Sep 17, 2014 10:53 PM

Japan logs trade deficit for 26th month in a row

The Associated Press

TOKYO (AP) Japan logged a 948.5 billion yen ($8.7 billion) trade deficit in August, the 26th straight month of red ink, as slack demand from China and the U.S. stymied exports, the Finance Ministry said Thursday.

Exports fell 1.3 percent from a year earlier to 5.71 trillion yen ($53.3 billion) while imports dropped 1.5 percent to 6.65 trillion yen ($62.1 billion), resulting in a 948.5 billion yen ($8.8 billion) deficit, according to preliminary data. Japan posted a 971.4 billion yen deficit in August 2013.

A weakening in the value of the Japanese yen has so far failed to spur a rebound in exports, despite a recovering U.S. economy. Slower growth in China, Japan's biggest trading partner, has also hurt.

Consumer spending inside Japan also has been lackluster since an April 1 sales tax, reducing demand for imports.

Japan's exports to China fell 0.2 percent from a year earlier to 1.12 trillion yen ($10.4 billion) while its imports dropped 5.3 percent to 1.35 trillion yen ($12.6 billion), yielding a deficit of 233.9 billion yen ($2.2 billion).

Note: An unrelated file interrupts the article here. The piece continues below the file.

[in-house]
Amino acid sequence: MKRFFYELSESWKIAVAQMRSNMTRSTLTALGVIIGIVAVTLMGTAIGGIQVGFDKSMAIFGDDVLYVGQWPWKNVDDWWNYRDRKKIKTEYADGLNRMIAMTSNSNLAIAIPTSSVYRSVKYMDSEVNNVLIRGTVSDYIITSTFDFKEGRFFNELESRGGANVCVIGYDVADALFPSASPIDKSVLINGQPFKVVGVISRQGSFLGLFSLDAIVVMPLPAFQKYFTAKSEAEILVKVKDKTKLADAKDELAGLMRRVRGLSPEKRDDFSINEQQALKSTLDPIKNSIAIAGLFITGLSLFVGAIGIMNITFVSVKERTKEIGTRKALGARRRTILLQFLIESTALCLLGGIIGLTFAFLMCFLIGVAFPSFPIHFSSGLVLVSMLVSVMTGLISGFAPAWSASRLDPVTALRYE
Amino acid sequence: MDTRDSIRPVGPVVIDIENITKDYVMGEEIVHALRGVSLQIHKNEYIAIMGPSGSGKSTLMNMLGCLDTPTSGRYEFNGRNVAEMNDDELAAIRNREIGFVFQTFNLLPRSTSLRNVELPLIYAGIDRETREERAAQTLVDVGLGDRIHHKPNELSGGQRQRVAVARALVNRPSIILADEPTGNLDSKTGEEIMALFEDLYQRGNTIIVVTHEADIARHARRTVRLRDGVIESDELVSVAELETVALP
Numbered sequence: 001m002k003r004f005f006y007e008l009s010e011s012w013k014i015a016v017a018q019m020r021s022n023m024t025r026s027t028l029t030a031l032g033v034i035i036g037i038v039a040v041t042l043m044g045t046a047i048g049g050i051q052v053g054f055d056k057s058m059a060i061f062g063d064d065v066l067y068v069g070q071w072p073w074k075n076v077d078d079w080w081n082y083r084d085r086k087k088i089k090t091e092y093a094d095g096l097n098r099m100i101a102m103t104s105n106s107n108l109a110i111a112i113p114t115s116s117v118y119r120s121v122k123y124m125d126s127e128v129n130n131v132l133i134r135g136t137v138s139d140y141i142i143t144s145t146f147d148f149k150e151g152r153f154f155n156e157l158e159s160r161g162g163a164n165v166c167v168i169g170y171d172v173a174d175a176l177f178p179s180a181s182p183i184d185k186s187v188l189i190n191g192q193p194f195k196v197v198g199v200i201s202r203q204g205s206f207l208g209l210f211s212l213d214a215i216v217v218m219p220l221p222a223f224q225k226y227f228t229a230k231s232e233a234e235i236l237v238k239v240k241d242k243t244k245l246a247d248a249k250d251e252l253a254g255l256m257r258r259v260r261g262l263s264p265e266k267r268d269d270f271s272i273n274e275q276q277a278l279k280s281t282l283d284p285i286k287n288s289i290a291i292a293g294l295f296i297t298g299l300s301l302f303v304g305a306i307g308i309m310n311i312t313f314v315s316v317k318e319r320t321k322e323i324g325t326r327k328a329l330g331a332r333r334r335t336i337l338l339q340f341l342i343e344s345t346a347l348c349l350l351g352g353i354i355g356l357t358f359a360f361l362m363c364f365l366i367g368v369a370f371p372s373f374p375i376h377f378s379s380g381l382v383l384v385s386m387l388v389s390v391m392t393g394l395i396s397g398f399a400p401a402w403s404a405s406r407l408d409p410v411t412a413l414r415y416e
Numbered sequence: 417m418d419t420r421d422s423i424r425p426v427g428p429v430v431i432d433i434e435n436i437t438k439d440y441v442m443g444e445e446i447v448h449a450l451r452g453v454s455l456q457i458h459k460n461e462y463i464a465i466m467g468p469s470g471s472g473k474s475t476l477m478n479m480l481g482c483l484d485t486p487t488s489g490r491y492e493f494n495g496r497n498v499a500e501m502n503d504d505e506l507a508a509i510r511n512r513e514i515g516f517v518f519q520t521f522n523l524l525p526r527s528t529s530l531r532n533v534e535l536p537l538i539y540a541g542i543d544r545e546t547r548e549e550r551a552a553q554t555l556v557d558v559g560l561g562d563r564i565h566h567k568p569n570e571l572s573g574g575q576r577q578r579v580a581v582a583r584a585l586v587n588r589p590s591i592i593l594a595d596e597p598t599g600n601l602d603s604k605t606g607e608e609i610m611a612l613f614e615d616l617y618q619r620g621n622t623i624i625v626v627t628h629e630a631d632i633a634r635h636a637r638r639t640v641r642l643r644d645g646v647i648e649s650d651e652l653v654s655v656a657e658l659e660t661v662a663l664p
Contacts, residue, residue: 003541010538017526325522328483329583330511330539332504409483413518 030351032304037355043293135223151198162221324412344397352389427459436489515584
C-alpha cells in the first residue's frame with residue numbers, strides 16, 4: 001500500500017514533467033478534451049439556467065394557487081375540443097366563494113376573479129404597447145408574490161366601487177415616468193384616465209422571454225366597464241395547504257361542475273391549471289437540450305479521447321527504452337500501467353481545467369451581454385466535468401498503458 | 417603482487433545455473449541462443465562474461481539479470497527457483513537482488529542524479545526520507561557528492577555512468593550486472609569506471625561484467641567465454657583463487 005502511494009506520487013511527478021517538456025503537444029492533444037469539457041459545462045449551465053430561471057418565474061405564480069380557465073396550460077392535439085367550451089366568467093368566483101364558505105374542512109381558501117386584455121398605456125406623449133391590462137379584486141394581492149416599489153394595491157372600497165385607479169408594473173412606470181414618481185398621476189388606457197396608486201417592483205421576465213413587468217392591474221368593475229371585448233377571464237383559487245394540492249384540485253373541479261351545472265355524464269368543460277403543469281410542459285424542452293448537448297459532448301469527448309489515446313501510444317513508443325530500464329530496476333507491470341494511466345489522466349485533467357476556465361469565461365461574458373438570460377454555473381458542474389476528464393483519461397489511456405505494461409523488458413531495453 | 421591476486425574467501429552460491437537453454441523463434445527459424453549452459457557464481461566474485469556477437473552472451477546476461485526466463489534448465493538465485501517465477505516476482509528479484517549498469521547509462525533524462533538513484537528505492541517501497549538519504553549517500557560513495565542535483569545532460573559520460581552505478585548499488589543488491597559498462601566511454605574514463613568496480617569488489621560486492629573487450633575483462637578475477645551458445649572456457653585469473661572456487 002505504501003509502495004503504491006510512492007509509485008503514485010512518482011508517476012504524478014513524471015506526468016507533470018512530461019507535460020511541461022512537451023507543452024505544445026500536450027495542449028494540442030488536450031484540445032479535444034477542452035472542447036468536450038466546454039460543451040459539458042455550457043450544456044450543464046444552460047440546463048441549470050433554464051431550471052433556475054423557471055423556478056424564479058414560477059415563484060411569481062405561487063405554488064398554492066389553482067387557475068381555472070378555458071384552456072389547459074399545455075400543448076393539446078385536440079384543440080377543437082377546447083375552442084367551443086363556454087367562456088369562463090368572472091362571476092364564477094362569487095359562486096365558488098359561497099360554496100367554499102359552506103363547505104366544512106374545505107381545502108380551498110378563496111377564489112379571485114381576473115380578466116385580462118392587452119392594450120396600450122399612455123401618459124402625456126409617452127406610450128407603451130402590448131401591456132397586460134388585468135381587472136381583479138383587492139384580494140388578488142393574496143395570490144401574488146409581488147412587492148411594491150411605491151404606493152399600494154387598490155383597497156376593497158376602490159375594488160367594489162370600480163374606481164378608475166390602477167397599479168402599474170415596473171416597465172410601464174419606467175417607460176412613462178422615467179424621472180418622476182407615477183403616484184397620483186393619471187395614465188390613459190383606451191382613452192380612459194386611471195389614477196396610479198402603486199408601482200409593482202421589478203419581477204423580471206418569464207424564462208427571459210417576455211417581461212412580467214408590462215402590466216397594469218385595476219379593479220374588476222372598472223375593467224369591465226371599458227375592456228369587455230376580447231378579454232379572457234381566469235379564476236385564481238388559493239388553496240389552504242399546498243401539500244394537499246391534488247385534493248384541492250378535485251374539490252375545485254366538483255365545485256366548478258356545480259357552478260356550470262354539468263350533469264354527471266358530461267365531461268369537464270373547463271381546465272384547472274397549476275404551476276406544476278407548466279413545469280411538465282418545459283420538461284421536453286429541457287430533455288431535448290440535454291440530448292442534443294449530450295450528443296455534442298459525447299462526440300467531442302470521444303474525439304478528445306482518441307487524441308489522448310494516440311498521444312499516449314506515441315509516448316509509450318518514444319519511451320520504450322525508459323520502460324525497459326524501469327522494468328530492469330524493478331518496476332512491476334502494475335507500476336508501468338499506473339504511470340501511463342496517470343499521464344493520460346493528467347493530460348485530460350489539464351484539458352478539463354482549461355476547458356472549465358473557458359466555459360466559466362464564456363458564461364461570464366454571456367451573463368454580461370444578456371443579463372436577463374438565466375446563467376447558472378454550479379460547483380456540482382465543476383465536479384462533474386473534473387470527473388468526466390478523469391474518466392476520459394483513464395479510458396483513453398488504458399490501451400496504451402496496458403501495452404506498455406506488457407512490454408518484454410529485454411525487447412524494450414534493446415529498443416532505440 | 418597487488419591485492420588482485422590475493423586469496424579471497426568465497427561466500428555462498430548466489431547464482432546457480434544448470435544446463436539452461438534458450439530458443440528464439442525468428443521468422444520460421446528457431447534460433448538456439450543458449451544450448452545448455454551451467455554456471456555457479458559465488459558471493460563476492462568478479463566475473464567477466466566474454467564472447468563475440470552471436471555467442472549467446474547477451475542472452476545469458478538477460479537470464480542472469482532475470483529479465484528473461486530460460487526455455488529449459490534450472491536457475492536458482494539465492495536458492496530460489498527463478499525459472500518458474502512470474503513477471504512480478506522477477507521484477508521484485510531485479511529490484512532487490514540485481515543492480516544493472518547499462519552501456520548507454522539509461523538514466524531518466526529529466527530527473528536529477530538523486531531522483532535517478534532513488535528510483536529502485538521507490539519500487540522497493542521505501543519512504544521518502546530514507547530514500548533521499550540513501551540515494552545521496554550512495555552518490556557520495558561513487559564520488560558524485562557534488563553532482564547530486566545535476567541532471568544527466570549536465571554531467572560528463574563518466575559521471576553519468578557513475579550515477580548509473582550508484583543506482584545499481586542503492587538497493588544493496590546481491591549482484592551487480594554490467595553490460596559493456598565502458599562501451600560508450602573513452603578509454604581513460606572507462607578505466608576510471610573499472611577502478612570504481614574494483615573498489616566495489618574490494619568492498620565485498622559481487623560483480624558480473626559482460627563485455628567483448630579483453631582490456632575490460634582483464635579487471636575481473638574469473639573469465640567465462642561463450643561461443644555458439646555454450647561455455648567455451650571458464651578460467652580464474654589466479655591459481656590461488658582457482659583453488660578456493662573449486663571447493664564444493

Exports to the U.S. fell 4.4 percent, as car shipments faltered, to 1 trillion yen ($9.5 billion), though imports from the U.S. jumped nearly 11 percent to 637.1 billion ($5.9 billion).

Overall, exports of vehicles, electronics and chemicals fell, while imports of coal and crude oil were lower.

The U.S. dollar hovered near 102 yen in August, as it had for months. In the past few weeks it has risen sharply. By late morning on Thursday it was trading at 108.55 yen.

A weaker yen means higher costs for imported oil and gas, components and other materials, manufacturers in the western industrial city of Osaka told visiting central bank governor Haruhiko Kuroda, local media reported.

Kuroda nonetheless offered an upbeat assessment of current trends, saying the recovery was gaining pace. In a speech posted on the Bank of Japan's website he said Japan would expand its ultra-loose monetary policy, aimed at stimulating growth, "without hesitation," if the outlook deteriorates.

Stronger growth in the U.S. may be crucial to Japan's own recovery, though so far it has had little impact on exports, said Yoshiro Sato of Credit Agricole.

"As we cannot expect too much for export recovery to China and Eurozone, near-term trade balance outlook will increasingly depend on how exports to the U.S. will play out," he said in a commentary.


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